Francis’ slate of activities for Holy Week includes a Chrism Mass in St. Peter's Basilica on Holy Thursday, as well as a visit to a Roman prison later that evening, where he will wash the feet of inmates and celebrate the Mass of the Lord’s Supper.
The next day, Good Friday, the Pope will keep in line with papal tradition and celebrate a service for the Passion of Our Lord in St. Peter’s Basilica before heading to the Colosseum, where he will lead thousands in the traditional prayer of the Stations of the Cross.
The Roman tradition of holding the Way of the Cross at the Colosseum on Good Friday goes back to the pontificate of Benedict XIV, who died in 1758.
On Holy Saturday Francis will preside over the Easter Vigil in St. Peter’s Basilica starting at 8:30 p.m., during which he will administer the sacrament of baptism to certain individuals.
Easter morning, April 5, he will celebrate the Mass of Our Lord’s Resurrection in St. Peter’s Square before giving his 'Urbi et Orbi' blessing – which goes out to the city of Rome and to the world – from the central balcony of St. Peter’s Basilica.
The Newman Club is sponsoring a well known speaker, Russ Breault to campus for a big screen experience, Shroud Encounter. Explore the mystery of the Shroud of Turin by coming to this wonderful event. Click here to find out more!
If you’re tired of giving up whatever it is you usually give up, then you’re in luck! I scoured the Internet looking for ideas, removed all the ones that were either adding something for Lent (a good idea, but you must give up something as well) or giving up something sinful (always a good idea, and a good idea to focus on during Lent, but not something that qualifies as self-denial or penance because those require a gift back to God of something that’s good in and of itself).
If you’re stuck, have you thought of:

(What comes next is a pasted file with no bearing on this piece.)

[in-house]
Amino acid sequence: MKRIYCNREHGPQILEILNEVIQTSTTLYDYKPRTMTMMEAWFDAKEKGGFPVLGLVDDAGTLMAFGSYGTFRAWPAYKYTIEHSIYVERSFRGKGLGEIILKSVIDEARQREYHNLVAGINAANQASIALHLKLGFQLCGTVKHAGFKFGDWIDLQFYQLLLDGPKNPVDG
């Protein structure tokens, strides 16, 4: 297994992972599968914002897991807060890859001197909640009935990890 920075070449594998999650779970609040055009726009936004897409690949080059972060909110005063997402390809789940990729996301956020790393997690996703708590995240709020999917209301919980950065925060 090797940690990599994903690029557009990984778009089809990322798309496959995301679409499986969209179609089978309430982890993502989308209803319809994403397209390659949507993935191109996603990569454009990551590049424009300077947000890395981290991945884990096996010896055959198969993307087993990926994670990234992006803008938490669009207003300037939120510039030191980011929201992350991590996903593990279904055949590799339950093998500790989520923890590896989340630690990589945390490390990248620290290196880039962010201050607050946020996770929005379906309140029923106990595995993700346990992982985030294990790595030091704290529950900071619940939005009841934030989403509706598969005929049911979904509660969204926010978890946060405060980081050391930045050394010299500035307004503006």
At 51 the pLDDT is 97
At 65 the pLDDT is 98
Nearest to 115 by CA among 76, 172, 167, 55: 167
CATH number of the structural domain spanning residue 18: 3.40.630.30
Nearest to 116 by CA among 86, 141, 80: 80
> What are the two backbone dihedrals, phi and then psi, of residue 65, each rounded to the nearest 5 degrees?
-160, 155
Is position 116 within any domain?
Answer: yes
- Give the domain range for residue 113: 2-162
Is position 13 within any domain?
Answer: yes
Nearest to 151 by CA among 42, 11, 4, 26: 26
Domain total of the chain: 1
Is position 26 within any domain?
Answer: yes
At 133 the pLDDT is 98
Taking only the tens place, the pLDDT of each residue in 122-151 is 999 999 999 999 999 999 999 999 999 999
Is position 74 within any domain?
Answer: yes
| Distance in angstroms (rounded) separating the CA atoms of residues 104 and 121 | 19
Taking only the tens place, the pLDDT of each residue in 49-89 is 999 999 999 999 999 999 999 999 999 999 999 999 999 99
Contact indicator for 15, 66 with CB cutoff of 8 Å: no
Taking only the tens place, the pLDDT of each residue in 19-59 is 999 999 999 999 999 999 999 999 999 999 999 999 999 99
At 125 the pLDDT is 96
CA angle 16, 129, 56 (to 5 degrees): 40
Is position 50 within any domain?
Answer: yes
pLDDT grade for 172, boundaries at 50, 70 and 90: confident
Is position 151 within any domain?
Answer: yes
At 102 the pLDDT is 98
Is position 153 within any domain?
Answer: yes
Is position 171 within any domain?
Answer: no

· Giving up the snooze button?
· Using the stairs instead of an elevator or escalator?
· Giving away any money you find?
· Turning off the car radio, or just music, or just talk radio, or your iPod while you walk?
· Restricting Internet time?
· Leaving the last bite of your food uneaten?
· Parking at the very back of the parking lot?
· Giving up texting and calling the person instead?
· Wearing the same 4 outfits for all of Lent?
· Skipping meat an extra day (or two) a week?
· Letting someone else have the first place in line?
· Not saying “Just five minutes more” (when they keep you from family)?
· Giving up 1400 characters (or a day without tweeting)?
· Passing up on a second helping?
· Not staying up for Jimmy Fallon’s opening sketch (or whatever kept you from turning off the TV and going to bed last night)?
“The Church fasts; the world diets. Materially there is no difference, for a person can lose twenty pounds one way as well as the other. But the difference is in the intention.” Archbishop Fulton Sheen.
VATICAN CITY — When Pope Francis met before Christmas with Vatican employees, mostly lay people with families, he asked them to do 10 things. The list sounded remarkably like suggestions for New Year’s resolutions:
– “Take care of your spiritual life, your relationship with God, because this is the backbone of everything we do and everything we are.”
– “Take care of your family life, giving your children and loved ones not just money, but most of all your time, attention and love.”
– “Take care of your relationships with others, transforming your faith into life and your words into good works, especially on behalf of the needy.”
– “Be careful how you speak, purify your tongue of offensive words, vulgarity and worldly decadence.”
– “Heal wounds of the heart with the oil of forgiveness, forgiving those who have hurt us and medicating the wounds we have caused others.”
– “Look after your work, doing it with enthusiasm, humility, competence, passion and with a spirit that knows how to thank the Lord.”
– “Be careful of envy, lust, hatred and negative feelings that devour our interior peace and transform us into destroyed and destructive people.”
– “Watch out for anger that can lead to vengeance; for laziness that leads to existential euthanasia; for pointing the finger at others, which leads to pride; and for complaining continually, which leads to desperation.”
– “Take care of brothers and sisters who are weaker … the elderly, the sick, the hungry, the homeless and strangers, because we will be judged on this.”
– Making sure your Christmas is about Jesus and not about shopping.
Throughout the Extraordinary Synod on the Family, which concluded on October 19, there appeared a fair amount of hysteria. Some read the Synod as "an earthquake" while others bewailed it as a deep betrayal of Church teaching. In actuality, everyone should take a deep breath and allow the Holy Spirit to work in his preferred, often messy fashion.